Abnormal Head Shape Treatment
If you recognize that your baby has a flat spot or abnormal head shape, the first thing you should do is talk to your pediatrician. The American Academy of Pediatrics suggests that pediatricians evaluate the baby’s head at each visit from the top, both sides, the front, and the back. The AAP also recommends that pediatricians discuss repositioning and the importance of “tummy time”. When your baby is awake and supervised, “tummy time” is a good way to take pressure off the flattened areas, build strong neck and trunk muscles, and will help your baby learn to roll, sit, and crawl when the time comes. If there is a neck muscle imbalance or a delay in development, your clinician may refer your baby to a therapist for physical or occupational therapy. The clinician may also recommend that a pediatric neurosurgeon assess your baby’s head shape to ensure that the sutures are all open and to check for any other skull shape disorders.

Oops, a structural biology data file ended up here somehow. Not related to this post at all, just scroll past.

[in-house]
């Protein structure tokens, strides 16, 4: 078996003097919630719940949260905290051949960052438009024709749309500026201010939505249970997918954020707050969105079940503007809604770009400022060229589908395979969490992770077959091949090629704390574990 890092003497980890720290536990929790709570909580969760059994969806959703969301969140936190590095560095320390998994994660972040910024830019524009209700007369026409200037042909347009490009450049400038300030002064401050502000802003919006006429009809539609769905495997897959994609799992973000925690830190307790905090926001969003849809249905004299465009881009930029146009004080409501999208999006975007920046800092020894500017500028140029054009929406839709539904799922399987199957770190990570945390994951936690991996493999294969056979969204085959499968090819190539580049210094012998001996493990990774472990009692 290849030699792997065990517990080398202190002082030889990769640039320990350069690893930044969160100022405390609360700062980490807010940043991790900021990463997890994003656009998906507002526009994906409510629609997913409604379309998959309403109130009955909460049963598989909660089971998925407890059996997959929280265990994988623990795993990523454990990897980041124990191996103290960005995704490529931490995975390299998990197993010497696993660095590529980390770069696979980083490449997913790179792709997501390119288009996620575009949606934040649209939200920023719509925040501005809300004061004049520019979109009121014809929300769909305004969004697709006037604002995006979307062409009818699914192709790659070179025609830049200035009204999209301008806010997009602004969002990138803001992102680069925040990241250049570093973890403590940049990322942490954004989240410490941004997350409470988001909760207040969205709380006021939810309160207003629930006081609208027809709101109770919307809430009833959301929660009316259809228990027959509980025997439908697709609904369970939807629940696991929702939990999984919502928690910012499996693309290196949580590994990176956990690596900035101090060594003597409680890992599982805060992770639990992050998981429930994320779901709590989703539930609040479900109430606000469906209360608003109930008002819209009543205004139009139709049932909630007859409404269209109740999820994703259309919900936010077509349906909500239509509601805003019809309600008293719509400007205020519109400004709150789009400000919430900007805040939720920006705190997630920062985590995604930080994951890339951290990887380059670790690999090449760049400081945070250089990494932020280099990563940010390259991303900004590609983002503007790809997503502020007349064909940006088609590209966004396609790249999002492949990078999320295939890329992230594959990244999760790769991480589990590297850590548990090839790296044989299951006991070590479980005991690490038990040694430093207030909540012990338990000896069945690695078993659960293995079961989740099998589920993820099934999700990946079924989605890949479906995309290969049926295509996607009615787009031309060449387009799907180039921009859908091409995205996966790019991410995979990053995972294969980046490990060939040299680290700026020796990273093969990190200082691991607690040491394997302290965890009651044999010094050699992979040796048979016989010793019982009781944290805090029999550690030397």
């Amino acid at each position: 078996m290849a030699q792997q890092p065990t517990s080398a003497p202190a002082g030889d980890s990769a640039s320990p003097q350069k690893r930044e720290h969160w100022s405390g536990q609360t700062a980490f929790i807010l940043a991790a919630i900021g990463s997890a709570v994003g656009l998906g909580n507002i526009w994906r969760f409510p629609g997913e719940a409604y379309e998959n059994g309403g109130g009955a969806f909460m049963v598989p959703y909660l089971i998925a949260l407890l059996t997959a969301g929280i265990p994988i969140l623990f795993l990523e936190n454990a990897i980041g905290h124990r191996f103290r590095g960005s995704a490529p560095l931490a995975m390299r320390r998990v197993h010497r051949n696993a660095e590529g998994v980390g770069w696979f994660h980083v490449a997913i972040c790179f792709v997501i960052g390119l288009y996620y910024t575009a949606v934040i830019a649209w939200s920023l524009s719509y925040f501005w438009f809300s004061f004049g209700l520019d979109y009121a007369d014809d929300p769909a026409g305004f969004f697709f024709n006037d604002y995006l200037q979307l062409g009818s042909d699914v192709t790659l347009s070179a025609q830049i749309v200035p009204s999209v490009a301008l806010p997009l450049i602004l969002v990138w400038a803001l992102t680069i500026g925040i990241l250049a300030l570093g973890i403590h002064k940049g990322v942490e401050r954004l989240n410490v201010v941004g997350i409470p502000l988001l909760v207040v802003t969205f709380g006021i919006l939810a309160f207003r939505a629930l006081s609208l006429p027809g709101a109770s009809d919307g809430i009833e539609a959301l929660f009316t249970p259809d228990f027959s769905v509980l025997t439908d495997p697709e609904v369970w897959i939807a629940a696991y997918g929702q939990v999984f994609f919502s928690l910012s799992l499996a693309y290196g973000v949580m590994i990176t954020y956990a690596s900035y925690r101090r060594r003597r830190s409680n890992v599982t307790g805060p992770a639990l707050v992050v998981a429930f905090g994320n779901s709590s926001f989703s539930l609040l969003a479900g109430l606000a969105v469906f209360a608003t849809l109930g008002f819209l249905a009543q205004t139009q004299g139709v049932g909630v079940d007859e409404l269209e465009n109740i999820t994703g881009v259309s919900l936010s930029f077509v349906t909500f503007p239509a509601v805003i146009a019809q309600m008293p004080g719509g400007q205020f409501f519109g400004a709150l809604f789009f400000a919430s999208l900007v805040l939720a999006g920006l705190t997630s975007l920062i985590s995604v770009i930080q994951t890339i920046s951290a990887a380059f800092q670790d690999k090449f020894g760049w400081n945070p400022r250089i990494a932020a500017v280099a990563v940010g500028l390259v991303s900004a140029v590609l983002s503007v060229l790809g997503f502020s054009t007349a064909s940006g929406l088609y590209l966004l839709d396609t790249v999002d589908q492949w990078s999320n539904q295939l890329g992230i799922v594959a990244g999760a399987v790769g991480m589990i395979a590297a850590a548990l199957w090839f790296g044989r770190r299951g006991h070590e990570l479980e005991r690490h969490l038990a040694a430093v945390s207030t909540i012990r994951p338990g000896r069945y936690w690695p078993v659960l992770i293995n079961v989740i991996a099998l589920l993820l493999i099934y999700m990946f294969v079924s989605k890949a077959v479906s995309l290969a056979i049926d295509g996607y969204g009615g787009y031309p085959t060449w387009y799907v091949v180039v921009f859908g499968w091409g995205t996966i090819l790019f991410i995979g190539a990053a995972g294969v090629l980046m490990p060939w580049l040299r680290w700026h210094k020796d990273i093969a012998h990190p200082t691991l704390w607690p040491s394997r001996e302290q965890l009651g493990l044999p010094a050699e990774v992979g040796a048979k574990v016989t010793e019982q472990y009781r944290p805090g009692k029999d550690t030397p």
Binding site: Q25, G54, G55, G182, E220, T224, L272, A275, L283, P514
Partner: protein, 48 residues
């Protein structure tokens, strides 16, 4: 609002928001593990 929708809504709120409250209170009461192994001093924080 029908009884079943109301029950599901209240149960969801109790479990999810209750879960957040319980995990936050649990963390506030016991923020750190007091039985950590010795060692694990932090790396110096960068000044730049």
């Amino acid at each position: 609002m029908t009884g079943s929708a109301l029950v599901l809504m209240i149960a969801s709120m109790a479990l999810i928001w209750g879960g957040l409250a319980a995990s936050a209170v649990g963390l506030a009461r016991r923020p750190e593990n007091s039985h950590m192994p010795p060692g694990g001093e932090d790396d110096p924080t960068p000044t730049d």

They will examine your baby, and may order an X-ray, CT scan, or MRI to rule out the possibility of craniosynostosis, which is a premature fusion of the sutures in the head and is much less common than deformational Plagiocephaly. Craniosynostosis will cause head shape deformities dissimilar to deformational Plagiocephaly, and may require surgery to remove the suture. After surgery with an open or endoscopic repair, the physician may order a STAR cranial remolding orthosis for protection of the incision site or to acquire additional correction of the shape or proportion.
If your baby is diagnosed with deformational Plagiocephaly, brachycephaly or scaphocephaly and is between the ages of 3 and 18 months, your clinician may prescribe a STARband cranial remolding orthosis. The STARband is an orthotic device designed to gently correct your baby’s head.